Type I consensus IFN (IFN-con1) gene transfer into KSHV/HHV-8-infected BCBL-1 cells causes inhibition of viral lytic cycle activation via induction of apoptosis and abrogates tumorigenicity in sCID mice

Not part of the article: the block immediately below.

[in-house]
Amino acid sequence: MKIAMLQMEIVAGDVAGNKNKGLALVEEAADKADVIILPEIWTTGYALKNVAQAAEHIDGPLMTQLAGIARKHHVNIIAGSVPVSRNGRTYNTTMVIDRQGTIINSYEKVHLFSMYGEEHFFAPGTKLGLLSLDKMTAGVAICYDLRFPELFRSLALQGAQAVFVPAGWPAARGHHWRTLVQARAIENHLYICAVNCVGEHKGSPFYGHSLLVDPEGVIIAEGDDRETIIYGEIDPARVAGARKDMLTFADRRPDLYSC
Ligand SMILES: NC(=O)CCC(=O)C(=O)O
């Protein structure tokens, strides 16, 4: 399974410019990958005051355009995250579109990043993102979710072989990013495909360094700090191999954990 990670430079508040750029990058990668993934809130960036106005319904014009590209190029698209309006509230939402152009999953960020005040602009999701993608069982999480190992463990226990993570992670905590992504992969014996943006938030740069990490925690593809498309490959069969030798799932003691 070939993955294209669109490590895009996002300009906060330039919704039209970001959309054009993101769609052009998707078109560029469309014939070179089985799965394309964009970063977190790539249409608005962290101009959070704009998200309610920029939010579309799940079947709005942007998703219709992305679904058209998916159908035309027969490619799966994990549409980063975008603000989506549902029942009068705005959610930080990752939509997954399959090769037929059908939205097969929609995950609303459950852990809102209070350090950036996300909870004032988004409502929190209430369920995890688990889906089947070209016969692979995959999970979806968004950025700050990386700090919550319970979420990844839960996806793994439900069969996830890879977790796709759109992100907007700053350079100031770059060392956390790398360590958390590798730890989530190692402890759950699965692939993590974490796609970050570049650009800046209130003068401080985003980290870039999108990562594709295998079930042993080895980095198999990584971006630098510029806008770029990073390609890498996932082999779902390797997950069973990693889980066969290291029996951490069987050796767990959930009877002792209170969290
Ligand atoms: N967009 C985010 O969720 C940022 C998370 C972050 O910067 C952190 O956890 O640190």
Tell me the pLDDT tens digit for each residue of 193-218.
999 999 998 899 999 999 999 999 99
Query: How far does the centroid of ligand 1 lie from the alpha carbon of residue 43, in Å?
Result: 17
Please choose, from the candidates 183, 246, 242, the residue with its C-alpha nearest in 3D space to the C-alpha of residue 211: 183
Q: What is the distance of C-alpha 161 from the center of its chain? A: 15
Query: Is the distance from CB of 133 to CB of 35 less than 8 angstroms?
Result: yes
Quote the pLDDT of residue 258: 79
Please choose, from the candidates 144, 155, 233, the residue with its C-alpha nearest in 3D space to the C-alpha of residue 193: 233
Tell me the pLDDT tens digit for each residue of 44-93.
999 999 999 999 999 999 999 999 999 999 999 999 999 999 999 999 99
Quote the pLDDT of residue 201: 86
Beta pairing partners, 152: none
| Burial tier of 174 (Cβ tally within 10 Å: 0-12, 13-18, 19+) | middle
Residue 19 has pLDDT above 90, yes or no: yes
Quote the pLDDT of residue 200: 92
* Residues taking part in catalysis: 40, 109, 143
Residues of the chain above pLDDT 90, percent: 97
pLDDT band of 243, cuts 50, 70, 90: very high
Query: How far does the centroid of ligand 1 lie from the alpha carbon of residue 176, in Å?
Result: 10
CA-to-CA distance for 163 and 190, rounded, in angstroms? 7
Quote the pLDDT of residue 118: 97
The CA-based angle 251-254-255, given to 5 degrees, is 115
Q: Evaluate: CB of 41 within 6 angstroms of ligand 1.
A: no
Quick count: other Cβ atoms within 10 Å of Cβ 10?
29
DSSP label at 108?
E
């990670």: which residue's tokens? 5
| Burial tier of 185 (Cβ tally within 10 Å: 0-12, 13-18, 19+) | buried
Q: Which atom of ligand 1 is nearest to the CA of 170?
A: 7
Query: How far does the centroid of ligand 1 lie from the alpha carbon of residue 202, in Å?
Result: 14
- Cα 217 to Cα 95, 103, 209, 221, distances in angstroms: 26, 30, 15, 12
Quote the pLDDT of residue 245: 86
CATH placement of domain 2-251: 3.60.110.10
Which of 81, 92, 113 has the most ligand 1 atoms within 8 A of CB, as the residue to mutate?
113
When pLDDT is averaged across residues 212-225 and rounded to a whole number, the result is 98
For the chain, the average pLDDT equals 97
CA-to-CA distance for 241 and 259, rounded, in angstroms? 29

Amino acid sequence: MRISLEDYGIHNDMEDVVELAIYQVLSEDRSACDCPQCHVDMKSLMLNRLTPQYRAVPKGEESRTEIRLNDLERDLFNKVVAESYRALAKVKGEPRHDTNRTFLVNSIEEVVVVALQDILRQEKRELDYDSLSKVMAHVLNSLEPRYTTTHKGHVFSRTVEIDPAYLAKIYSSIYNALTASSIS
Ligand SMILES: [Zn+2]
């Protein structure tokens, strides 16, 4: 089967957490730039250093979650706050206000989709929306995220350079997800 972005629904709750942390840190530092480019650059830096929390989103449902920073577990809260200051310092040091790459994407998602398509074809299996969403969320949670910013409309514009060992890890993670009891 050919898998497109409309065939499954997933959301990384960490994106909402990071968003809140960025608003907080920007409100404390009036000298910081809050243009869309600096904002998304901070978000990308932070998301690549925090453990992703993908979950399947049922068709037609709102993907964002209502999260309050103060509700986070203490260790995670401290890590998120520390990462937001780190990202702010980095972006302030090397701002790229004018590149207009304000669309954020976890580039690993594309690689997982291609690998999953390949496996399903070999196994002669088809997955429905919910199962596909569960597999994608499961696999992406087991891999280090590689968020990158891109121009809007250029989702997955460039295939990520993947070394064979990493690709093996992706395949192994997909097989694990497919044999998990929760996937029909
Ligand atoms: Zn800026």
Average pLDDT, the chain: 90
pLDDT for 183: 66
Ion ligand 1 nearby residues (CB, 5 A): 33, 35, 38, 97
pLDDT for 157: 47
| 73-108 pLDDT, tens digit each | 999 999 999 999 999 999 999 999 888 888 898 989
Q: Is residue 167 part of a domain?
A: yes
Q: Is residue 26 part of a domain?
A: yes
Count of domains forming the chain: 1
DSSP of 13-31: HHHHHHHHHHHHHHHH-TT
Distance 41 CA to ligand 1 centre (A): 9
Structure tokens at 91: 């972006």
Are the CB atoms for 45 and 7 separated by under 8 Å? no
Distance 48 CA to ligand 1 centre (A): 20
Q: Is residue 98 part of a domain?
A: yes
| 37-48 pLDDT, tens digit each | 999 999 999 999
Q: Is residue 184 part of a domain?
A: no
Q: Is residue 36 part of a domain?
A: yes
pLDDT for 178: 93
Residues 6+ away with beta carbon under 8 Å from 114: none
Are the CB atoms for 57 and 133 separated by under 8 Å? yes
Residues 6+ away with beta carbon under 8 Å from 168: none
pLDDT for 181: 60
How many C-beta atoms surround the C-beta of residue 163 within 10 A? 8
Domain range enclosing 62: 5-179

In this study, we investigated the effects of human type I consensus interferon (IFN-con1) (Amgen) gene transfer into body cavity-based lymphomas (BCBL)-1 cells, which are latently infected with Kaposi's sarcoma-associated herpesvirus (KSHV) human herpesvirus-8 (HHV-8). Both the basal and 12-O-tetradecanoyl phorbol-13-acetate (TPA)-stimulated production of KSHV/HHV-8 mature virions was strongly inhibited in genetically modified IFN-producing BCBL-1 cells as compared with parental or control transduced counterparts. A similar inhibition was obtained on treatment of parental BCBL-1 cells with exogenous IFN-con1. The reduction in KSHV/HHV-8 production was associated with a decrease in the basal and TPA-stimulated intracellular amount of the linear form of the viral genome. Interestingly, 25%40% of the IFN-producing BCBL-1 cell population underwent spontaneous apoptosis in vitro. TPA treatment, which did not significantly affect the viability of the parental and control BCBL-1 cells, resulted in the apoptotic death of up to 70% of the IFN-producing cell population. Addition of exogenous IFN-con1 to parental BCBL-1 cells produced similar effects, although less intense. Injection of either parental or control-transduced BCBL-1 cells into SCID mice resulted in progressively growing tumors characterized by an unusually high level of tumor angiogenesis. In contrast, complete tumor regression was observed in all the mice injected either subcutaneously (s.c.) or intraperitoneally (i.p.) with the IFN-producing BCBL-1 cells. These results represent the first evidence that type I IFN can counteract the activation of a productive herpesvirus infection in latently infected tumor cells by the induction of apoptosis, providing an interesting link between the antiviral and antitumor activities of this cytokine. These data suggest the possible advantages of strategies of type I IFN gene transfer (with respect to the use of the exogenous cytokine) for the treatment of patients with some HHV-8-induced malignancies.